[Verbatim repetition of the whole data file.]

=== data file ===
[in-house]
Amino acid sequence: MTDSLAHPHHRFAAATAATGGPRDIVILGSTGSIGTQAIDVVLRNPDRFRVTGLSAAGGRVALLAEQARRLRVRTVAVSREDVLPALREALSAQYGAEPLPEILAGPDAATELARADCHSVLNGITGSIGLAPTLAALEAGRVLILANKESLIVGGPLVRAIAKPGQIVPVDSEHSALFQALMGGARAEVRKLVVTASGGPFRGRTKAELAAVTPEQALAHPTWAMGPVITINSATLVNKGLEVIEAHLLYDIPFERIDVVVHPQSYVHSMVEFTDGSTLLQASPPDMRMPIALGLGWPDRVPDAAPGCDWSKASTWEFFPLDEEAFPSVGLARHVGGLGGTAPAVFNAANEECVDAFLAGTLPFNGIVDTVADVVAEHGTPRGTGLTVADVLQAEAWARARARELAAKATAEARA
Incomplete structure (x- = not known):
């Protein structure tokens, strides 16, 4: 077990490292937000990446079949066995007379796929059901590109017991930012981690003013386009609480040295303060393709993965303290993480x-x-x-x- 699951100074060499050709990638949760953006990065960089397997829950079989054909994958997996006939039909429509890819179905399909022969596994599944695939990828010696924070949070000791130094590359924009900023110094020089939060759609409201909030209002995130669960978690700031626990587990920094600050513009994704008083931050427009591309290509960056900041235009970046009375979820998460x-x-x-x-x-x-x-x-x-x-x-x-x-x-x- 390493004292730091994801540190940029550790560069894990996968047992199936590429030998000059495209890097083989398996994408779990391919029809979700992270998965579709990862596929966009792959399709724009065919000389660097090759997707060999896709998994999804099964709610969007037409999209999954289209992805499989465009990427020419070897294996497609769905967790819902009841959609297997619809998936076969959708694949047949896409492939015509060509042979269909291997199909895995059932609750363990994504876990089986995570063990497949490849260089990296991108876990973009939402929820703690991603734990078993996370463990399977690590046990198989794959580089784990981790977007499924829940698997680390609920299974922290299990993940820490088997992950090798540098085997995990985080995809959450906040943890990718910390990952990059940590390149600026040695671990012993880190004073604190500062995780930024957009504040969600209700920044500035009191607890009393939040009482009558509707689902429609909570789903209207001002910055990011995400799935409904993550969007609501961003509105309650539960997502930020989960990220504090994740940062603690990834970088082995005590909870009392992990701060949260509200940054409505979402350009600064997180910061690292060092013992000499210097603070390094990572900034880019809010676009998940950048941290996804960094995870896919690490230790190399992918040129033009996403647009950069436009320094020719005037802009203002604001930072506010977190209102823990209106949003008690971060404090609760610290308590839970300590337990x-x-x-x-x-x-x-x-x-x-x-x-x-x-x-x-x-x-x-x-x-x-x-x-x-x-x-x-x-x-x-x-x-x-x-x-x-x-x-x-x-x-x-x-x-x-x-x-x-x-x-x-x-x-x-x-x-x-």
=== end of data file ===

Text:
[in-house]
Amino acid sequence: MTDSLAHPHHRFAAATAATGGPRDIVILGSTGSIGTQAIDVVLRNPDRFRVTGLSAAGGRVALLAEQARRLRVRTVAVSREDVLPALREALSAQYGAEPLPEILAGPDAATELARADCHSVLNGITGSIGLAPTLAALEAGRVLILANKESLIVGGPLVRAIAKPGQIVPVDSEHSALFQALMGGARAEVRKLVVTASGGPFRGRTKAELAAVTPEQALAHPTWAMGPVITINSATLVNKGLEVIEAHLLYDIPFERIDVVVHPQSYVHSMVEFTDGSTLLQASPPDMRMPIALGLGWPDRVPDAAPGCDWSKASTWEFFPLDEEAFPSVGLARHVGGLGGTAPAVFNAANEECVDAFLAGTLPFNGIVDTVADVVAEHGTPRGTGLTVADVLQAEAWARARARELAAKATAEARA
Incomplete structure (x- = not known):
């Protein structure tokens, strides 16, 4: 077990490292937000990446079949066995007379796929059901590109017991930012981690003013386009609480040295303060393709993965303290993480x-x-x-x- 699951100074060499050709990638949760953006990065960089397997829950079989054909994958997996006939039909429509890819179905399909022969596994599944695939990828010696924070949070000791130094590359924009900023110094020089939060759609409201909030209002995130669960978690700031626990587990920094600050513009994704008083931050427009591309290509960056900041235009970046009375979820998460x-x-x-x-x-x-x-x-x-x-x-x-x-x-x- 390493004292730091994801540190940029550790560069894990996968047992199936590429030998000059495209890097083989398996994408779990391919029809979700992270998965579709990862596929966009792959399709724009065919000389660097090759997707060999896709998994999804099964709610969007037409999209999954289209992805499989465009990427020419070897294996497609769905967790819902009841959609297997619809998936076969959708694949047949896409492939015509060509042979269909291997199909895995059932609750363990994504876990089986995570063990497949490849260089990296991108876990973009939402929820703690991603734990078993996370463990399977690590046990198989794959580089784990981790977007499924829940698997680390609920299974922290299990993940820490088997992950090798540098085997995990985080995809959450906040943890990718910390990952990059940590390149600026040695671990012993880190004073604190500062995780930024957009504040969600209700920044500035009191607890009393939040009482009558509707689902429609909570789903209207001002910055990011995400799935409904993550969007609501961003509105309650539960997502930020989960990220504090994740940062603690990834970088082995005590909870009392992990701060949260509200940054409505979402350009600064997180910061690292060092013992000499210097603070390094990572900034880019809010676009998940950048941290996804960094995870896919690490230790190399992918040129033009996403647009950069436009320094020719005037802009203002604001930072506010977190209102823990209106949003008690971060404090609760610290308590839970300590337990x-x-x-x-x-x-x-x-x-x-x-x-x-x-x-x-x-x-x-x-x-x-x-x-x-x-x-x-x-x-x-x-x-x-x-x-x-x-x-x-x-x-x-x-x-x-x-x-x-x-x-x-x-x-x-x-x-x-």